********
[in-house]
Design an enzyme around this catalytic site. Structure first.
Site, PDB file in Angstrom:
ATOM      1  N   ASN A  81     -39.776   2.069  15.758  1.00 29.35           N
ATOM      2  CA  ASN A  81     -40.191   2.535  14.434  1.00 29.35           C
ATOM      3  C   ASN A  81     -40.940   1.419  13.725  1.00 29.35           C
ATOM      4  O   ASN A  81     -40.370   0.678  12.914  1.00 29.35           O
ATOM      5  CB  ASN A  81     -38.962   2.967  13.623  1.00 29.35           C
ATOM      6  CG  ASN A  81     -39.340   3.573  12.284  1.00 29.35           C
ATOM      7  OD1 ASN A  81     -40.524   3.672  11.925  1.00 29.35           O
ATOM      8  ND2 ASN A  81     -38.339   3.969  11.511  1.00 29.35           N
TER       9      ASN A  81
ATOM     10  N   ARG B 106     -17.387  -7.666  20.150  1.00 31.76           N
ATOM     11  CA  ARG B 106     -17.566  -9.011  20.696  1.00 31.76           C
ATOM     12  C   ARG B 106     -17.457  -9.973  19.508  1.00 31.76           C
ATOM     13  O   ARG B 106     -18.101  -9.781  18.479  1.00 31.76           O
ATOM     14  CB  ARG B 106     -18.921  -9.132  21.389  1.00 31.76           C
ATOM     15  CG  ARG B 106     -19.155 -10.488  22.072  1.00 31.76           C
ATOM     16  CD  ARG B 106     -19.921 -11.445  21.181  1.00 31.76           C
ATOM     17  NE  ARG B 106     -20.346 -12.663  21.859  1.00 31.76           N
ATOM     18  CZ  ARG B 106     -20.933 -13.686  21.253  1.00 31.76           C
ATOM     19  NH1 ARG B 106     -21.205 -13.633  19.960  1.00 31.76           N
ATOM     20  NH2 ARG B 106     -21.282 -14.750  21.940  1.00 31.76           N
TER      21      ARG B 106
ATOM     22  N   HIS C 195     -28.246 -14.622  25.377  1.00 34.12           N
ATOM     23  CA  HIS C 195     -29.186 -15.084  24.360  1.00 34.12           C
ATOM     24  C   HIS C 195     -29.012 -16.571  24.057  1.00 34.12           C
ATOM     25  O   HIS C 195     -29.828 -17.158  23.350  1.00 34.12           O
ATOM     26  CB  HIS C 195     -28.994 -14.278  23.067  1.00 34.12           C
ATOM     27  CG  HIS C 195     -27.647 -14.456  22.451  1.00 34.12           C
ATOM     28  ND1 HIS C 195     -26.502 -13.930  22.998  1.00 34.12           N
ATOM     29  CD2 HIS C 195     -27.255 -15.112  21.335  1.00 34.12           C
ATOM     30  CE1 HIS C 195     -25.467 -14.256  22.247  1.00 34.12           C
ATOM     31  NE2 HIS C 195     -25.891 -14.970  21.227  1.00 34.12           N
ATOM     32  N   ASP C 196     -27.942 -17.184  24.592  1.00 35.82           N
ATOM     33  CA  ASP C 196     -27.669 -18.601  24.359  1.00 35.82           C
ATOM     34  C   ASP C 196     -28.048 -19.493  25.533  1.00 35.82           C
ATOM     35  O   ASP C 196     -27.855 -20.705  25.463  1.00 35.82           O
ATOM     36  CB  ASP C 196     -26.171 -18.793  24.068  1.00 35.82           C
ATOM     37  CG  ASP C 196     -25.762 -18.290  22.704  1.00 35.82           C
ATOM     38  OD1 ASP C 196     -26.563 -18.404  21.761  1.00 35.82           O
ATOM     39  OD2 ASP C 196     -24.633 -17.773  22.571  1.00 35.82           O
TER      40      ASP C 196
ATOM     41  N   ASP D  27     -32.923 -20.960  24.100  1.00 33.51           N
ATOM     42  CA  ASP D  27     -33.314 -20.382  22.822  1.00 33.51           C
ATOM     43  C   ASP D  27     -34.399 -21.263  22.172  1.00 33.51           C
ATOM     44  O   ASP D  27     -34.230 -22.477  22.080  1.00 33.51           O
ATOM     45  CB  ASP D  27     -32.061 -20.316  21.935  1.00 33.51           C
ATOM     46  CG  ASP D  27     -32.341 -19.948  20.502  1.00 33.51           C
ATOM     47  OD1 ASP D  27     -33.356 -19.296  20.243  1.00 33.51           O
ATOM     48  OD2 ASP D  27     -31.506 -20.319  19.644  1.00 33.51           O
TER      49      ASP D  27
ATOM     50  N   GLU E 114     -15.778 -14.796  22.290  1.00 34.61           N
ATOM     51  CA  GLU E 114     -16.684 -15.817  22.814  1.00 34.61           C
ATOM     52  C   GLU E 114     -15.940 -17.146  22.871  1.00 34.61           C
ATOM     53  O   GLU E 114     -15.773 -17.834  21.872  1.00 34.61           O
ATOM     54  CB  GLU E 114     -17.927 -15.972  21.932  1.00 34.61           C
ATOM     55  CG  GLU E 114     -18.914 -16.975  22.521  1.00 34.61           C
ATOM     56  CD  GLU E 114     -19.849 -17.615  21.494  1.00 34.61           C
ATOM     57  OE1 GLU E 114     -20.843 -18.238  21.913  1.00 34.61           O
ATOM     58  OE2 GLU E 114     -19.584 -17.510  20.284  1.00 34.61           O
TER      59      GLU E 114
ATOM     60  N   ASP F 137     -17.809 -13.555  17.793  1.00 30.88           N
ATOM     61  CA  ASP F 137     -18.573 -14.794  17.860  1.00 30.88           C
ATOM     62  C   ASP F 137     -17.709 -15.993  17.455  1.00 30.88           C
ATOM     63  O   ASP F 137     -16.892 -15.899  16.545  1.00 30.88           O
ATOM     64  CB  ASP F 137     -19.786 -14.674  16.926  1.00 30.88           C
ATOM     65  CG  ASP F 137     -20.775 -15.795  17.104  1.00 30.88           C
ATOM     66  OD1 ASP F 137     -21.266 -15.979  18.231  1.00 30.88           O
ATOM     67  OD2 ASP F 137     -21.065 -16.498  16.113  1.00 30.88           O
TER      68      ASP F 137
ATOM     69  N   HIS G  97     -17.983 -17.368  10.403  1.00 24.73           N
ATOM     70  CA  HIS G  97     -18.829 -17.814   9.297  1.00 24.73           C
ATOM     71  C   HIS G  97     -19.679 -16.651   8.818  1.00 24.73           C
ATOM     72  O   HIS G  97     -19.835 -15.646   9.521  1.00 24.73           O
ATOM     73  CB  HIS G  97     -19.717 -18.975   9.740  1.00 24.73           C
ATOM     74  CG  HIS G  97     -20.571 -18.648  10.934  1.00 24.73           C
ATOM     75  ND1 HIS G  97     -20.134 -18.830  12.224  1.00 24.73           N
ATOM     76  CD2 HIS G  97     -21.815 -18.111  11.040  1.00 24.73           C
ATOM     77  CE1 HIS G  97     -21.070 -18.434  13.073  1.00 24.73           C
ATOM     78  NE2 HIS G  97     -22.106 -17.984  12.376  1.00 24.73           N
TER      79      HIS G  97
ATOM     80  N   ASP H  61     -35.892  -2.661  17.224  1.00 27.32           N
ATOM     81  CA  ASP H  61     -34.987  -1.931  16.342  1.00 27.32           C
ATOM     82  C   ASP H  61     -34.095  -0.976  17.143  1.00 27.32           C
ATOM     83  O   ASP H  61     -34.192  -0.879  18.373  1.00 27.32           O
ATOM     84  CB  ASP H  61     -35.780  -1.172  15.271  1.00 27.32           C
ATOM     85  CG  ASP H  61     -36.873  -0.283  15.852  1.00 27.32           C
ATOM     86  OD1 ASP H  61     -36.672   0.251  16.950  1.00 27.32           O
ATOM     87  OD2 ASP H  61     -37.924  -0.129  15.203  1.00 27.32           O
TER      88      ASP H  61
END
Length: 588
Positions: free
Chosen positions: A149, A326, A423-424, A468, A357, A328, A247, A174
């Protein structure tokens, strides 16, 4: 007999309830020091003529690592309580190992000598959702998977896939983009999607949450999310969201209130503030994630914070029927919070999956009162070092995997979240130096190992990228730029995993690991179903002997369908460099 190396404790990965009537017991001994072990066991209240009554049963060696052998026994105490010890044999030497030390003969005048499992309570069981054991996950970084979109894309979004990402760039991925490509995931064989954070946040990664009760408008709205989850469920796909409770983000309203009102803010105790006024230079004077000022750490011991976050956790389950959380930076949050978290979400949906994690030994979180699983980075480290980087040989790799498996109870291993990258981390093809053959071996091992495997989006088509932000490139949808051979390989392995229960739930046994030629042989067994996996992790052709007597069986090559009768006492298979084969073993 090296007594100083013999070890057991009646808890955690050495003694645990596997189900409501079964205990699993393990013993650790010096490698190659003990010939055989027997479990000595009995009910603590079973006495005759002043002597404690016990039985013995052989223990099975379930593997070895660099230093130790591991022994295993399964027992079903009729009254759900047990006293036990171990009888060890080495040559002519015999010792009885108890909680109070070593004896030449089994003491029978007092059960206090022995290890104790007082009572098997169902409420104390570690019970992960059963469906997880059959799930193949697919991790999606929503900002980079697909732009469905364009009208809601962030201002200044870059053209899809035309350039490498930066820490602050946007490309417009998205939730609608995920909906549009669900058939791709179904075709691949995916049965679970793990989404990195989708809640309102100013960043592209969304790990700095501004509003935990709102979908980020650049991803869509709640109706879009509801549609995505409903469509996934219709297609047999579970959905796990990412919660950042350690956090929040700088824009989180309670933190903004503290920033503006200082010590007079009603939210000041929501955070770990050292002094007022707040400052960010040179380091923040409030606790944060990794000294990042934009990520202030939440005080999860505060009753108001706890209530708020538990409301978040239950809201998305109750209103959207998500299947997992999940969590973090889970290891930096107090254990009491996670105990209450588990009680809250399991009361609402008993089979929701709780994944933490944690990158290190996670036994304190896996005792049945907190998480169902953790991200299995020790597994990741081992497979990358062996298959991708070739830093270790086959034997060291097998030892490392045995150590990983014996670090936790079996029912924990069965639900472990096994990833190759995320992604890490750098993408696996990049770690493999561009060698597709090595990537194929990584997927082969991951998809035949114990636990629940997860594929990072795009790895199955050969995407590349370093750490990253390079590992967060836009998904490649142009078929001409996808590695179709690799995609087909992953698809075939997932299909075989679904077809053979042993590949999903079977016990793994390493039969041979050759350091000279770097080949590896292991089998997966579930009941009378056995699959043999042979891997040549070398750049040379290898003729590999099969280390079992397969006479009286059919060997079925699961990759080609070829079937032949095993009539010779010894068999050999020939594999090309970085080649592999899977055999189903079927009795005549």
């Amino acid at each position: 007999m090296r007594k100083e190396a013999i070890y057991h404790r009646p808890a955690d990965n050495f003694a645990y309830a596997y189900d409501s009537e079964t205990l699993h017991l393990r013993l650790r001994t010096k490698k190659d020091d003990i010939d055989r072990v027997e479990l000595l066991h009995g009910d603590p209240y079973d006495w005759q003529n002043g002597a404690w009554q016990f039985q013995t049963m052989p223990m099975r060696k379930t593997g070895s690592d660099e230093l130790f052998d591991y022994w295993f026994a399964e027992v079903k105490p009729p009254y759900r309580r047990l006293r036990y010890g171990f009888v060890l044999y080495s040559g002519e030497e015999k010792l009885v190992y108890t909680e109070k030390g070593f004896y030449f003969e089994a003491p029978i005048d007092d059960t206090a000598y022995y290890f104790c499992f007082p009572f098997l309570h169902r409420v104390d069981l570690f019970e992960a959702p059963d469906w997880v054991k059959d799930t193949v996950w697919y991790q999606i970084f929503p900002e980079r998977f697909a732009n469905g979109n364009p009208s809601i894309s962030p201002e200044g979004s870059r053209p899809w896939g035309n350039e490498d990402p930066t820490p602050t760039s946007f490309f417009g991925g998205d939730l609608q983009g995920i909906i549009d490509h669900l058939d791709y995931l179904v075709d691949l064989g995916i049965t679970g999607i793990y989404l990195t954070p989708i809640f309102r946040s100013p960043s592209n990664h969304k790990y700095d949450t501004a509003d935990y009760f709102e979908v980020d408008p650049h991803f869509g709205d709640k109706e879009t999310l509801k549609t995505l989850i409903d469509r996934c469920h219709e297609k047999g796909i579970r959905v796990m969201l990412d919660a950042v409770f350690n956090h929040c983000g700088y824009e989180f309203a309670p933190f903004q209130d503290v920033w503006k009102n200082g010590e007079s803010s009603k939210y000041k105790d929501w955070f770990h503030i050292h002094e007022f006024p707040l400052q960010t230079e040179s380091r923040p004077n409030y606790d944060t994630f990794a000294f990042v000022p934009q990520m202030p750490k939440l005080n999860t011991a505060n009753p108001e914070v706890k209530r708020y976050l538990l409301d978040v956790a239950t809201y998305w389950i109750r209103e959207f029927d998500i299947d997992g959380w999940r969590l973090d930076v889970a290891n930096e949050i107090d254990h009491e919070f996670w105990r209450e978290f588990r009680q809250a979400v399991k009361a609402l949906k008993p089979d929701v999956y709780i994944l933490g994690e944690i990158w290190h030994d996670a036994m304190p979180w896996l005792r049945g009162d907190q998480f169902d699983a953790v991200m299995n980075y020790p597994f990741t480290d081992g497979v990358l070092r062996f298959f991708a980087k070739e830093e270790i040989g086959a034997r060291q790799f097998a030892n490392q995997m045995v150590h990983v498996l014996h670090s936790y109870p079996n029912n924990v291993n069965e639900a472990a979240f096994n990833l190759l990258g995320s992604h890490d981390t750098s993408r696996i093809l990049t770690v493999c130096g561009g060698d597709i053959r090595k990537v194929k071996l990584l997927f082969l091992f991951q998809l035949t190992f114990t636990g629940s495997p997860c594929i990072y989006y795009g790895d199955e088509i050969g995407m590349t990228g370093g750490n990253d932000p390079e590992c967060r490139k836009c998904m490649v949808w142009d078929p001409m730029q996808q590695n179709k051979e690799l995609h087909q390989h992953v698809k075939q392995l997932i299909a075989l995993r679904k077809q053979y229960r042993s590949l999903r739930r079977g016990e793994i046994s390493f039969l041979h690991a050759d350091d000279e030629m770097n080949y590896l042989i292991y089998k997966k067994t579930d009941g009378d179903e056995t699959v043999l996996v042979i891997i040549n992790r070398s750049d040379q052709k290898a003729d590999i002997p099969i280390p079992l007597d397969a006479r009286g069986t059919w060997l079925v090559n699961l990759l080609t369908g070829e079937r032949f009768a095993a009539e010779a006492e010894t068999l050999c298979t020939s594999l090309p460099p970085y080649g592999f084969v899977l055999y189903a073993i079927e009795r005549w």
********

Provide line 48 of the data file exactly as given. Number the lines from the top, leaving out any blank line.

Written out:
ATOM     45  CB  ASP D  27     -32.061 -20.316  21.935  1.00 33.51           C